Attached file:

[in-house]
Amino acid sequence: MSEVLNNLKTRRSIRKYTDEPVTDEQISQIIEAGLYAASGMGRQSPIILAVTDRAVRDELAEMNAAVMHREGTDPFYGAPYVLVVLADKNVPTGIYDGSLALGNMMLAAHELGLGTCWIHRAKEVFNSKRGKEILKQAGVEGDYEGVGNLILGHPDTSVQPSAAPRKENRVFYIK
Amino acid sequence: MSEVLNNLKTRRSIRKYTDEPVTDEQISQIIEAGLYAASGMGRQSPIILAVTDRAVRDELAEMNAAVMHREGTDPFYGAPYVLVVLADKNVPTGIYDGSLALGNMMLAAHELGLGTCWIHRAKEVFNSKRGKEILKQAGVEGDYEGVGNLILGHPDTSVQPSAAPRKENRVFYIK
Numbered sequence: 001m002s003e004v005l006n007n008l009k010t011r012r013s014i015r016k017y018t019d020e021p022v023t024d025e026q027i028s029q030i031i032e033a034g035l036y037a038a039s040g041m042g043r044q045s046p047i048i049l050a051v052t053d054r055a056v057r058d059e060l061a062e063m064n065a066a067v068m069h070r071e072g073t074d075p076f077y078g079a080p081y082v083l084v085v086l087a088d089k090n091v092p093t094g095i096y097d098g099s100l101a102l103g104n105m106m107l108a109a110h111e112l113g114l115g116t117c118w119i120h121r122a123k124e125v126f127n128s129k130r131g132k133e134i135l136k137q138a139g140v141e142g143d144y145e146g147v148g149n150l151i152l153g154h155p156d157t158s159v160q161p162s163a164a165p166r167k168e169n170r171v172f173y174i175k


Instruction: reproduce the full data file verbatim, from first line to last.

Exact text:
[in-house]
Amino acid sequence: MSEVLNNLKTRRSIRKYTDEPVTDEQISQIIEAGLYAASGMGRQSPIILAVTDRAVRDELAEMNAAVMHREGTDPFYGAPYVLVVLADKNVPTGIYDGSLALGNMMLAAHELGLGTCWIHRAKEVFNSKRGKEILKQAGVEGDYEGVGNLILGHPDTSVQPSAAPRKENRVFYIK
Amino acid sequence: MSEVLNNLKTRRSIRKYTDEPVTDEQISQIIEAGLYAASGMGRQSPIILAVTDRAVRDELAEMNAAVMHREGTDPFYGAPYVLVVLADKNVPTGIYDGSLALGNMMLAAHELGLGTCWIHRAKEVFNSKRGKEILKQAGVEGDYEGVGNLILGHPDTSVQPSAAPRKENRVFYIK
Numbered sequence: 001m002s003e004v005l006n007n008l009k010t011r012r013s014i015r016k017y018t019d020e021p022v023t024d025e026q027i028s029q030i031i032e033a034g035l036y037a038a039s040g041m042g043r044q045s046p047i048i049l050a051v052t053d054r055a056v057r058d059e060l061a062e063m064n065a066a067v068m069h070r071e072g073t074d075p076f077y078g079a080p081y082v083l084v085v086l087a088d089k090n091v092p093t094g095i096y097d098g099s100l101a102l103g104n105m106m107l108a109a110h111e112l113g114l115g116t117c118w119i120h121r122a123k124e125v126f127n128s129k130r131g132k133e134i135l136k137q138a139g140v141e142g143d144y145e146g147v148g149n150l151i152l153g154h155p156d157t158s159v160q161p162s163a164a165p166r167k168e169n170r171v172f173y174i175k